Jamestown City Councilmen Continue To Debate Mayoral Appointments

For the second time in as many weeks, two Jamestown City Councilmen debated mayoral appointments.

At a meeting last week, Andrew Liuzzo, At-Large councilman, said bylaw changes made in December for the Jamestown Local Development Corporation gives more appointment authority to the mayor of Jamestown, which diminishes the power of an organization that sits on the board.

In December, the JLDC board approved the bylaw changes, which included the new provision allowing the city’s mayor, who serves as the JLDC board president, the power of appointment if the organization’s president can not sit on the board. All JLDC board members must reside in the city of Jamestown.

In December following the changes, Sam Teresi, Jamestown mayor, said the new bylaws, as far as appointing members, was a practice that had been followed since the JLDC was formed in 1981. He said the prior bylaws had no formal rules on who was to serve on the board if the president of the organization couldn’t be a representative.

However, Todd Tranum, Manufacturers Association of the Southern Tier executive director and Chautauqua County Chamber of Commerce president, said in December the new bylaws provides more power to the mayor than the organizations on the JLDC board. Tranum, who lives in Bemus Point, cannot represent either MAST or the chamber on the JLDC board.

In May 2016 after JLDC MAST representative Justin Hanft, Chautauqua County Education Coalition director, had to resign because he moved out of the city of Jamestown, Tranum informed city officials that the MAST board had selected John Zabrodsky as their new representative on the JLDC board.

Zabrodsky, who previously had been the chairman of the BPU board, was one of three former BPU board members — along with Wayne Rishell and Carl Pillittieri — who weren’t reappointed by Teresi in 2016. All three former BPU board members were opponents of the profit sharing from the BPU’s electric and water divisions with the city’s general fund.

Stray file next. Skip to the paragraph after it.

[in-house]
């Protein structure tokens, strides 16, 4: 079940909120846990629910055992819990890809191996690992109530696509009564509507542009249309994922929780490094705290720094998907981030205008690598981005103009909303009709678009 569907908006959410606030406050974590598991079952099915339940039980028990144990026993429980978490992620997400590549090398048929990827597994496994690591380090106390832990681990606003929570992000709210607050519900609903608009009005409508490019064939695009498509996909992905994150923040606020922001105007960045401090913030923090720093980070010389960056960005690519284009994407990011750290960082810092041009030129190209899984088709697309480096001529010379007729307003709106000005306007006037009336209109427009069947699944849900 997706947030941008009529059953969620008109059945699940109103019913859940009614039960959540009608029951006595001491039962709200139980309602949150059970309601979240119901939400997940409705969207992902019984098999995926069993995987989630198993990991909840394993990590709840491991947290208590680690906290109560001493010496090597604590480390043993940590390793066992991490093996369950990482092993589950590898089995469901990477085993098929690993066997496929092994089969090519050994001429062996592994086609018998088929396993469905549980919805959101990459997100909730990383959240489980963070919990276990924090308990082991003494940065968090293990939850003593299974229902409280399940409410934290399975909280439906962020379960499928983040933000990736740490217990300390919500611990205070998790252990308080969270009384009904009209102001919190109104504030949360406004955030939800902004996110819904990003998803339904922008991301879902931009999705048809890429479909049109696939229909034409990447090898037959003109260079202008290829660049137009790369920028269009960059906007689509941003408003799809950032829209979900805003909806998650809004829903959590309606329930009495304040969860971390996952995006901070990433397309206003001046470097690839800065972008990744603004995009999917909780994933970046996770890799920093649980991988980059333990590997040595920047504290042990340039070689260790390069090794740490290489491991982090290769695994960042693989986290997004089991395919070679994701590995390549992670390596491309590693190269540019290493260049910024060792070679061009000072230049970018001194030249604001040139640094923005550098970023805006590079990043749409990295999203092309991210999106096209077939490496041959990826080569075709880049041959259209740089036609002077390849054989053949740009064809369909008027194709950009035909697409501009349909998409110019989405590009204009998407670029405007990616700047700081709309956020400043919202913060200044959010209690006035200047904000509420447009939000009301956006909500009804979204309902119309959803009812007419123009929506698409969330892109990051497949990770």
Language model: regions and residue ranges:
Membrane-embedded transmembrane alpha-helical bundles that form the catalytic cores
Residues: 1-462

Liuzzo on Monday questioned Teresi’s selection of representatives to boards and commissions in the city. He said only volunteers who agree with the mayor are allowed to serve on city boards and commissions. He said people who just serve to agree with Teresi aren’t helpful to the city.

Last week, Liuzzo during a work session meeting of the council questioned Teresi’s appointment of Greg Rabb to the Jamestown Board of Public Utilities and the city Planning Commission.

Liuzzo said Rabb, who lost his re-election bid to the council in November, came in fifth out of six candidates. He said this was a mandate from the public that they did not want to see his continued involvement in city government.

During the same work session meeting, Doug Champ, city resident and retired BPU employee, also questioned why Teresi didn’t reappoint him to the city Riverfront Management Council. Champ said during his time on the Riverfront Management Council he assisted city officials in receiving three grants, including $313,890 for Chautauqua County Soil and Water Conservation District for the Chadakoin River Watershed – Jamestown Riverwalk Restoration during the latest round of Regional Economic Development Council Consolidated Funding Application awards.

Champ said he wasn’t reappointed to the Riverfront Management Council because he had questioned decisions made by Teresi and the council.

Most recently, Champ has been outspoken against the proposal for the city to sell he wastewater treatment plant to the Jamestown Local Development Corporation.

On Monday, Anthony Dolce, Ward 2 councilman — like after Liuzzo’s comments on Jan. 22. — followed with his own comments, refuting what the newly elected At-Large councilman stated. Dolce said the JLDC has been working on changes to their bylaws since May 2016. The organization’s, which was established in 1981, bylaws hadn’t been updated since its incorporation. He said all discussions on the bylaw changes happened during open meetings and didn’t happen “behind closed doors.”

Dolce said the council’s only job is to approve or deny mayoral appointments to the JLDC, or for any board or commission. He said if a council member has a problem with a potential mayoral appointment, they can talk to the mayor prior to the voting session to discuss the candidate. He added that, before now, the council – of which he has served for more than 22 years — has never had a problem with mayoral appointments.